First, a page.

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Lynette Yiadom-Boakye

Lynette Yiadom-Boakye is probably a household name now thanks to Solange's A Seat at Table album, but many of us art lovers and art makers have been crushing on her for years now. I can't quite remember when I first discovered her work, but I do remember the first piece of hers that pulled me in. It was Mason's Yard. The colors, the composition, and the brush strokes just makes you want to stop and stare.

And if you're a people watcher like I am, you can't help but wonder what's on this woman's mind. Is she thinking about her partner being late for their date or the sermon Pastor preached that morning?

It's up to you to fill in the gaps of the story. 

In a 2010 interview with Nadine Rubin Nathan in the New York Times Magazine, Yiadom-Boakye described her compositions as “suggestions of people...They don’t share our concerns or anxieties. They are somewhere else altogether.” This lack of fixed narrative leaves her work open to the projected imagination of the viewer. (Jack Shaman Gallery | Artist Profile)

A R T W O R K  F A C T: Each of Lynette's paintings are completed in one day. Doing so helps preserve the mood and the artist's stream of consciousness. Two words: prolific. genius.

And then there's Complication, the now extremely well-known Lynette Yiadom-Boakye piece that inspired Solange's Don't Touch My Hair song from her recent album A Seat at the Table. Read more about artists inspiring artists over on the CRWN blog.  

in love and art,
cd

Olivia Pendergast

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There is something so familiar about Olivia Pendergast’s art. The colors, tones and expressions of her subjects are just memorizing. Sometimes art catches me and I am like “WHOA now that is dope,” or “Artist Z is so talented, how she do that?” And then there are other times when I experience art and am lost for words. I simply settle in and stare at myself staring back at me.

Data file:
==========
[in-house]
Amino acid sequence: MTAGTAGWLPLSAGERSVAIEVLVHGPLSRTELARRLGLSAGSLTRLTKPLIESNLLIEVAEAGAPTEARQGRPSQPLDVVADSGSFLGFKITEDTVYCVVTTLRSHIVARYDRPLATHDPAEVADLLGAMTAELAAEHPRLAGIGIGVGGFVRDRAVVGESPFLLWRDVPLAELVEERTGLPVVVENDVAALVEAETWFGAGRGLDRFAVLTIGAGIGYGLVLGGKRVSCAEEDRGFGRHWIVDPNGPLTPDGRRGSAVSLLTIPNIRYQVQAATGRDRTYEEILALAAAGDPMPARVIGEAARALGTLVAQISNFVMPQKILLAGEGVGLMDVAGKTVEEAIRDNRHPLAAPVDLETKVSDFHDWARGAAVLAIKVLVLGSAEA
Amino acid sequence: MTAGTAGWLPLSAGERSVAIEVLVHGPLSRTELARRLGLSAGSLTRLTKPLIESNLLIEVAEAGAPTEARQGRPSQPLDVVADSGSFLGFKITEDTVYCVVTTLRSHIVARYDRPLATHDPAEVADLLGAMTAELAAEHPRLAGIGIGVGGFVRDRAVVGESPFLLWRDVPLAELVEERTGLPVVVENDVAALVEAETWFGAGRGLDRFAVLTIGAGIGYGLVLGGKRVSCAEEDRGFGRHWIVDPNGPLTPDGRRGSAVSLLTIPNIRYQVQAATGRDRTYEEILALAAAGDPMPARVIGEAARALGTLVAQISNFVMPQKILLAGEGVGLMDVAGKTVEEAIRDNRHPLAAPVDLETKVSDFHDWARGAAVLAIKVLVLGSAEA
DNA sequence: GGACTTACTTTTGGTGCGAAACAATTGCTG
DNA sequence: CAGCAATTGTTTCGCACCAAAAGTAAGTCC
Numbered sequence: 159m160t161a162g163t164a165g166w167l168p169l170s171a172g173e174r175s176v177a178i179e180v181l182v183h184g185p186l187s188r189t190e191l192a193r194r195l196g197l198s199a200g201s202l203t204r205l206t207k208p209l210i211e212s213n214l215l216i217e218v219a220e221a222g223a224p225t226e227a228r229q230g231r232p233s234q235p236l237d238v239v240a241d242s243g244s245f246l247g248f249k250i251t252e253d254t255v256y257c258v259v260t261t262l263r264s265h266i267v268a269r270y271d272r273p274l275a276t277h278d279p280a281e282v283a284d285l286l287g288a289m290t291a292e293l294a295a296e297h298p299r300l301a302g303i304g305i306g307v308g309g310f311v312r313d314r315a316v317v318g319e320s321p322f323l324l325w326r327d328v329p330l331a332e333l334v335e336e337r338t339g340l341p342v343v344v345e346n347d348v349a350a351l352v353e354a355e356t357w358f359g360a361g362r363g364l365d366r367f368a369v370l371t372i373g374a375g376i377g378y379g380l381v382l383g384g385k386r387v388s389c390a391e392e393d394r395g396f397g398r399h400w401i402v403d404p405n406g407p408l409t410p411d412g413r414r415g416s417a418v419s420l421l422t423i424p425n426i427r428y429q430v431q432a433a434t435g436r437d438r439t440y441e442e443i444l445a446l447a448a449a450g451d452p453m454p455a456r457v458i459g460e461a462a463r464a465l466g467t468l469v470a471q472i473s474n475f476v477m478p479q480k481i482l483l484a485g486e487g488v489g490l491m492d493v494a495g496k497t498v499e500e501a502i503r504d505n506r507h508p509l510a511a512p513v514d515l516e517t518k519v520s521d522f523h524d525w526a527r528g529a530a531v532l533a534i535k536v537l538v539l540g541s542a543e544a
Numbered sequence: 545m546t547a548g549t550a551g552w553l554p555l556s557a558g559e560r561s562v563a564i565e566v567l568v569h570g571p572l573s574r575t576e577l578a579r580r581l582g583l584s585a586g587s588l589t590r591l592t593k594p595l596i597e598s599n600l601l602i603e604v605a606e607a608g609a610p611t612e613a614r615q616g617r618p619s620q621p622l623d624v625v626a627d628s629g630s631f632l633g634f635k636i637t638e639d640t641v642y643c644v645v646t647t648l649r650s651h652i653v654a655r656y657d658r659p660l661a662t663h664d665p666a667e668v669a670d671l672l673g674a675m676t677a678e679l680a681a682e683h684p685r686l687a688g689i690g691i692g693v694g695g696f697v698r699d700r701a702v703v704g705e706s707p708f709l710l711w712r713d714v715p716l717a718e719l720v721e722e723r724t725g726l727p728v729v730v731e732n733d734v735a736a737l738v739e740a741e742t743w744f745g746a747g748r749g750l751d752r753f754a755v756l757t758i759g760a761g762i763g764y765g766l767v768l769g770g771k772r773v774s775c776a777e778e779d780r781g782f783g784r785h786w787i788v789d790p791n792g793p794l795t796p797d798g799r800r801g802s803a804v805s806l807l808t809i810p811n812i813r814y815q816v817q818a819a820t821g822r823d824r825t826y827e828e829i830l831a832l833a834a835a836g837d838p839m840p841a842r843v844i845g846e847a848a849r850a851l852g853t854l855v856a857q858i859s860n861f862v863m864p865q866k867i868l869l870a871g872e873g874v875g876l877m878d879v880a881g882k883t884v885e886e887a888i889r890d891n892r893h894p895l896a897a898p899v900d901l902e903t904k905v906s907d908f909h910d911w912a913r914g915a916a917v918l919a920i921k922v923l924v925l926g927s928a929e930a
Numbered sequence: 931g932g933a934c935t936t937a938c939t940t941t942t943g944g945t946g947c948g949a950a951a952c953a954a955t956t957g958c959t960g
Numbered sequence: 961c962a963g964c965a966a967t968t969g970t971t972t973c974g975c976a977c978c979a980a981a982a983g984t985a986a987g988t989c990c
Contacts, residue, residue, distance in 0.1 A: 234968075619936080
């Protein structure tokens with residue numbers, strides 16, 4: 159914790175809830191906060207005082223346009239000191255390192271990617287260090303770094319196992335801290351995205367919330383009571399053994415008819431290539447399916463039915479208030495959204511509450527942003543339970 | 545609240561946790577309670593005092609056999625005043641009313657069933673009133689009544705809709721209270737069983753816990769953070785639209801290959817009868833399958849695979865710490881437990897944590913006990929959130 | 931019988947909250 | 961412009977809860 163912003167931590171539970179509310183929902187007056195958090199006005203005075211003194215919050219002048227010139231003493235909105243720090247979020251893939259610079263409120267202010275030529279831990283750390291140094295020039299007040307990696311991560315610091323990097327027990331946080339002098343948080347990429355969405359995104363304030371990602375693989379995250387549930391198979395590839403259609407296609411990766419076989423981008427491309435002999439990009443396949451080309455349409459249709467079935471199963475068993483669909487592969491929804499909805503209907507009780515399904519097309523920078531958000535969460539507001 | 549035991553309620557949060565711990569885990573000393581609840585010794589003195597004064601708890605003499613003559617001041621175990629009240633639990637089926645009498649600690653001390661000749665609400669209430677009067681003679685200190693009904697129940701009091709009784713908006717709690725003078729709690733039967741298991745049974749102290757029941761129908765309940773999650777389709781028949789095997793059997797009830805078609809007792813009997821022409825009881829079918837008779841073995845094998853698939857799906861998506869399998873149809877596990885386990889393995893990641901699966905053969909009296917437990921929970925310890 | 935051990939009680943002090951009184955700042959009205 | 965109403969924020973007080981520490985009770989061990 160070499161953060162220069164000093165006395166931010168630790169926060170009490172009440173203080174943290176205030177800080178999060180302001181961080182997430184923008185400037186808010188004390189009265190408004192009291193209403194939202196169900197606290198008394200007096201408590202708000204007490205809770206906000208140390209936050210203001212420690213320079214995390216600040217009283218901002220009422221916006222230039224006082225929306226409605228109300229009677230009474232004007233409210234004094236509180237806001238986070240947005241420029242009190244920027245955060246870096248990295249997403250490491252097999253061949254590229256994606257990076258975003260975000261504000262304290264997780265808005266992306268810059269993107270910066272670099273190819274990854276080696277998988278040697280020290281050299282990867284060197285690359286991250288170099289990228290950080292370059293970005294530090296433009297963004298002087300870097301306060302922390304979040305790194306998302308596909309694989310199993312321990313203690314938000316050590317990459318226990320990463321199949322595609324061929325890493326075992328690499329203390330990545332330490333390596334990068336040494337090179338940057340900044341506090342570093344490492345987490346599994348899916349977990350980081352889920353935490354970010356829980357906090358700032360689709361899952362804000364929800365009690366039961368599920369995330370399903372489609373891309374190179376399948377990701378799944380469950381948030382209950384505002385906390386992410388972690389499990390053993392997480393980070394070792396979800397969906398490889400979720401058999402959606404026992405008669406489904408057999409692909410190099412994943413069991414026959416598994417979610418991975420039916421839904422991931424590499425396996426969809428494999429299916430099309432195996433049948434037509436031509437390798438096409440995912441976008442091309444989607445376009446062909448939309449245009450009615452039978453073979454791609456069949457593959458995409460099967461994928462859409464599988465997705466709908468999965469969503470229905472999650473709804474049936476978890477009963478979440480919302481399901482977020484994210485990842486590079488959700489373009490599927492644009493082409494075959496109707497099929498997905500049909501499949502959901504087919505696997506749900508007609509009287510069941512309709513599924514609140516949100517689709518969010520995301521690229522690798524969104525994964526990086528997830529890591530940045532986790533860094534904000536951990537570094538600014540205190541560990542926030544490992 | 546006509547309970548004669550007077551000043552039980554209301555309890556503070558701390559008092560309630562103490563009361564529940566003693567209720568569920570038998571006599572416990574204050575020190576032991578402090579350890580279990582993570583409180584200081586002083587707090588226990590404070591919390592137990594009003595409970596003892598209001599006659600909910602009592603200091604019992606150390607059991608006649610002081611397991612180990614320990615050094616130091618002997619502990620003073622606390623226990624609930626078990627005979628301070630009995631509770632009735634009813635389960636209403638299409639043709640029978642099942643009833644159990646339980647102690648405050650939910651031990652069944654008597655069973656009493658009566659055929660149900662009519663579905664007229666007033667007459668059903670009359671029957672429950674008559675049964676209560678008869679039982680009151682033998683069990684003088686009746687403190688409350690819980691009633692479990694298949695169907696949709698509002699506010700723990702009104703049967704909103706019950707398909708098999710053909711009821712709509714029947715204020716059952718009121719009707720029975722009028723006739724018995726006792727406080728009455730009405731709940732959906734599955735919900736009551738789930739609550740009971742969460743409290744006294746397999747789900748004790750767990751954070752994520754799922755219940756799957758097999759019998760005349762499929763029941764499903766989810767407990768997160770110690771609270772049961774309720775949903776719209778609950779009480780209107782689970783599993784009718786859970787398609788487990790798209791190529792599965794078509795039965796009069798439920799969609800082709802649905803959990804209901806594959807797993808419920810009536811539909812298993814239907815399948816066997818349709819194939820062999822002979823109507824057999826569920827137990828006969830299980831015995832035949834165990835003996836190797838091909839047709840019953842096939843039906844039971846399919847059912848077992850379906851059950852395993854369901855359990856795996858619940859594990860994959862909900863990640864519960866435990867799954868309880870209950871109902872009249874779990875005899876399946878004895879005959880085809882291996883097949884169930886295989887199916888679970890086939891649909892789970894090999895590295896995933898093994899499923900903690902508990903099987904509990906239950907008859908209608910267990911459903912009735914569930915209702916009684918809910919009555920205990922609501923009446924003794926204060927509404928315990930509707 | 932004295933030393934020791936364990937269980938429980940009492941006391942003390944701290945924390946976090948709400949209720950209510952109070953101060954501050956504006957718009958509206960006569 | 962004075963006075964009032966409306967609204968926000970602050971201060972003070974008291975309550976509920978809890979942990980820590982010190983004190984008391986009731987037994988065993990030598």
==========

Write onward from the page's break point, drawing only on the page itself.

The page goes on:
What art offers is space – a certain breathing room for the spirit. – John Updike

in art and love,
cd

 

Kerry James Marshall

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I saw this beauty up close recently at the MET Breuer and one word - OMAHGAWD! Just breathtaking. Mr. Marshall's uber black figures are like magnets - they hook your gaze and pull you in! It's all intentional according to Marshall.

In an article I recently read of on ARTNews, Mr. Marshall remarked:

“There needs, at some point,” he said in his MCA talk, “to be a critical mass of images in the museum that have [black figures in them], so that when you go there…[i]t’s not something that is the exception to the rule, it’s part of what you always expect to see. That’s success to me.”
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Artist on a mission. #dope #gamechanger #boss #IwannabedrivenlikeMarshall Ok, I will quit the hashtaggery and leave you will a few more of brilliant works of art made by Kerry James Marshall.

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A major museum survey of Mr. Marshall's work is currently on view at the Museum of Contemporary Art Chicago (MCA) and will be heading to NYC's Metropolitan Museum of Art this fall (YAY **emoji praise hands**) followed by a final show at the Museum of Contemporary Art Los Angeles in the spring of 2017. If you're anywhere near those cities, RUN don't walk to see Marshall's gorgeous and heavy work.

in art and love,
cd

p.s. special thanks to my bestie who joined me at MET Breuer and snapped the picture of me ooohing and aaaahing Marshall's work.